Conical support member 26 is shaped as a truncated cone such that angle .alpha., the angle between the generating line of the truncated-cone and the diameter of the reactor, is larger than the angle of repose of catalytic particulates, to facilitate the flow of catalyst during catalyst withdrawal. Typically, angle .alpha. ranges from about 40.degree. to about 80.degree., preferably from about 50.degree. to about 70.degree., more preferably from about 55.degree. to about 65.degree., still more preferably from about 58.degree. to about 62.degree..

Bottom plate 25, having a substantially circular shape, is positioned perpendicular to the center line of the reactor, and is connected to the edges of the lower portion of conical support member 26. The bottom plate will generally be between 300 mm and 5,000 mm diameter and preferably between 500 mm and 3,000 mm diameter.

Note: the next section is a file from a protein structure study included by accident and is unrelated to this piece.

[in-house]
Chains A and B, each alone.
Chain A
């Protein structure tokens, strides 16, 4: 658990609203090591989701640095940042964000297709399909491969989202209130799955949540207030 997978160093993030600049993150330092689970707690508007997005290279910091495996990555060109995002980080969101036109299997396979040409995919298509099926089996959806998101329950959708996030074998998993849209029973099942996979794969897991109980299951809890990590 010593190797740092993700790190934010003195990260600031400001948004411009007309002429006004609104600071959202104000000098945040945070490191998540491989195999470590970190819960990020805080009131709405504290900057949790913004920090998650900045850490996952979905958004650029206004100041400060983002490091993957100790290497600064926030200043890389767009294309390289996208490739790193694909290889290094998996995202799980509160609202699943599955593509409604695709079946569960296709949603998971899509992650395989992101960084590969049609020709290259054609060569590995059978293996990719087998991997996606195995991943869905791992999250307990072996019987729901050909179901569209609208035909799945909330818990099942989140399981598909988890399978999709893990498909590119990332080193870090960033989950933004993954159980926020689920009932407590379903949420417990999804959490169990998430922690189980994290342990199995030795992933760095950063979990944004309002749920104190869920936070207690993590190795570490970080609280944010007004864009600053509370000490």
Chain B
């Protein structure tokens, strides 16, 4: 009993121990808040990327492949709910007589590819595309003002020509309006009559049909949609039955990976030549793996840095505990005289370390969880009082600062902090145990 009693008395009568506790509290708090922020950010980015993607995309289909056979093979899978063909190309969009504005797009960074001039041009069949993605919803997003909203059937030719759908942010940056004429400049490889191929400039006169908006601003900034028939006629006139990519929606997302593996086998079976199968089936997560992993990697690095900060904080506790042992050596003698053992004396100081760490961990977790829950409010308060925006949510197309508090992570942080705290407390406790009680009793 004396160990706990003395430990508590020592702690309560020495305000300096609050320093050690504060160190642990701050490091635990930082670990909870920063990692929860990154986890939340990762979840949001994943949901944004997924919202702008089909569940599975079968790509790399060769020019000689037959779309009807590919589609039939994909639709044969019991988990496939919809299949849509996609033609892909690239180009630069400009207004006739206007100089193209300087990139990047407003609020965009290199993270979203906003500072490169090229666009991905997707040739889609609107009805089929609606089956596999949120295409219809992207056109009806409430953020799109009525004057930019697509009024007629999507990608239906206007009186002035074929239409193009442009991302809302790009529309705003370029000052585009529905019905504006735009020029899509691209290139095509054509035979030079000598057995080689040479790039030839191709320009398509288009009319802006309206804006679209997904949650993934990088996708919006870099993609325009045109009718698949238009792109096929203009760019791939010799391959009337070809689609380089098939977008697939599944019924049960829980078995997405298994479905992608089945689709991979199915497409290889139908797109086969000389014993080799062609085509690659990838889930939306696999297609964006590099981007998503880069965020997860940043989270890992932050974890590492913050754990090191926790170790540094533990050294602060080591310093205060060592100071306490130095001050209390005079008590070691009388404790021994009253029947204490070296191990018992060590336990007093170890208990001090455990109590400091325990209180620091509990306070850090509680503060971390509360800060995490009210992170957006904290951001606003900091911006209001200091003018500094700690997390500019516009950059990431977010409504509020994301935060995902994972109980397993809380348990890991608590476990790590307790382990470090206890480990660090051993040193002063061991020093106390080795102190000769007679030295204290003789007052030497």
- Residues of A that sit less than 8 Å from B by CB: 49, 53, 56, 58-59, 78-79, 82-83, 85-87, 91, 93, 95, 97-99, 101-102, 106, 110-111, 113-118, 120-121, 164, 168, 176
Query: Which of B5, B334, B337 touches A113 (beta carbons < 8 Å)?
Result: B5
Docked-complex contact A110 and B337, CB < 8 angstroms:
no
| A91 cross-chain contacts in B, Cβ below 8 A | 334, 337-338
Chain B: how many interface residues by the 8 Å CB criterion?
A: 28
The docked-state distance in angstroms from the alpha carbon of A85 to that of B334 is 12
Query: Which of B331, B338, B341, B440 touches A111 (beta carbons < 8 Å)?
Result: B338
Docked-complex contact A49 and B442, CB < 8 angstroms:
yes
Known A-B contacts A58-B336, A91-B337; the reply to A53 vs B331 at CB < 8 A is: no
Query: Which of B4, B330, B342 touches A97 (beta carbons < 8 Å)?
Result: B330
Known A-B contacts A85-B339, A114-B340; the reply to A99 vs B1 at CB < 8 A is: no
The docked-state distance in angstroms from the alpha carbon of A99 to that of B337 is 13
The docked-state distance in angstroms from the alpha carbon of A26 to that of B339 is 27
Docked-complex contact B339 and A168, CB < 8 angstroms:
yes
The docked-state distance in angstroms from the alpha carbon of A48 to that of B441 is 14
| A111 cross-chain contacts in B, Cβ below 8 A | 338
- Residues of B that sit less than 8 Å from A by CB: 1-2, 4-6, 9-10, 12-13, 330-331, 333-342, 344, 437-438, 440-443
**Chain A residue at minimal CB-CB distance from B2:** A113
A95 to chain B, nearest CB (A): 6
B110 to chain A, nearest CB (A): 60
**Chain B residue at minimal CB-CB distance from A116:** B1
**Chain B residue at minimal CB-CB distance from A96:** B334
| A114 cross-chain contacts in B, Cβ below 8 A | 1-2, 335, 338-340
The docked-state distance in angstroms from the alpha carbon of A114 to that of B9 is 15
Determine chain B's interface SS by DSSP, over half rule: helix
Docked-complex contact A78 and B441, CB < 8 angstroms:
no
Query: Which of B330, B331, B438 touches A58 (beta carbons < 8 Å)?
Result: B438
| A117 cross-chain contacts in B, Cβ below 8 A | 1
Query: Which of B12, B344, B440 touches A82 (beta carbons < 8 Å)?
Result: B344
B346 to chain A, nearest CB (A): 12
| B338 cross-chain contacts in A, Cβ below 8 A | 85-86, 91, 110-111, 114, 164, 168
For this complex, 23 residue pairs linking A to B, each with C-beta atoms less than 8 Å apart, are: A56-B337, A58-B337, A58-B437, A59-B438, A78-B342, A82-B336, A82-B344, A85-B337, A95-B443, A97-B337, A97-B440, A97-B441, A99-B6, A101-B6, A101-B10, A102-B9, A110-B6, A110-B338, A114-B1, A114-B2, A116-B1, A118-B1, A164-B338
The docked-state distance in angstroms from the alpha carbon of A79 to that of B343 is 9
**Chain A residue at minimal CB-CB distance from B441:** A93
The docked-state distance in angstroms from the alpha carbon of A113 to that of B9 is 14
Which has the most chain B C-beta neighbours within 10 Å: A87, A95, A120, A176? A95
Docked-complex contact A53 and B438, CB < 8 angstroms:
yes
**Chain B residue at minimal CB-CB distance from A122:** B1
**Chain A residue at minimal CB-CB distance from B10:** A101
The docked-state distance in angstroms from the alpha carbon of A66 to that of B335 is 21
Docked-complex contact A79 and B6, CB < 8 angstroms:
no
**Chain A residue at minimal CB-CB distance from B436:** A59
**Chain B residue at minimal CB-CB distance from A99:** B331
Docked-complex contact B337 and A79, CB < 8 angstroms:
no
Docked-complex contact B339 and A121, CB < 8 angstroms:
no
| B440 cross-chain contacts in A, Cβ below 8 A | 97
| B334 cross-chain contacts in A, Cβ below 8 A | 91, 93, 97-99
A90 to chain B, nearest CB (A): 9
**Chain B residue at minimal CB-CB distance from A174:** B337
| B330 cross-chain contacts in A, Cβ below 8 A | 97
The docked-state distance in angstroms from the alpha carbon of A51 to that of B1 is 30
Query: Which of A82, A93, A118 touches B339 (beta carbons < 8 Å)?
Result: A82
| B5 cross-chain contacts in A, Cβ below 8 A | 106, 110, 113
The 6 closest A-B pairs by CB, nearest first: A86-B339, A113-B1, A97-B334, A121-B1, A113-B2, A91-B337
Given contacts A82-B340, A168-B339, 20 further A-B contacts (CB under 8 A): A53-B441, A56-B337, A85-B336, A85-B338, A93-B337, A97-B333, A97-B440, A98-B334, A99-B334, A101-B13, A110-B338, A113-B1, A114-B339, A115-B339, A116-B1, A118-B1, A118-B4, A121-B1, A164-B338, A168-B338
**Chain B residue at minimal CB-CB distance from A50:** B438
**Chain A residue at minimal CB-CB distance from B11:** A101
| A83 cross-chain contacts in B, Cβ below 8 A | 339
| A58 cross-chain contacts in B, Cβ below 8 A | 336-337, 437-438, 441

Bottom plate 25 may be either perforated or imperforate. It is preferred that the bottom plate 25 be imperforate (ie. no openings)in the portion beneath inlet 30 to a catalyst withdrawal conduit 29 (shown in FIG. 4), thereby preventing unreacted fluids from passing into conduit 29 during catalyst withdrawal. If bottom plate 25 has perforated portions, the perforations or holes are preferably of a size sufficient to permit the passage of catalytic particulates through the bottom plate. When the perforations are of such a size, they are overlaid by a means for preventing the passage of catalytic particulates through the bottom plate, such as a screen.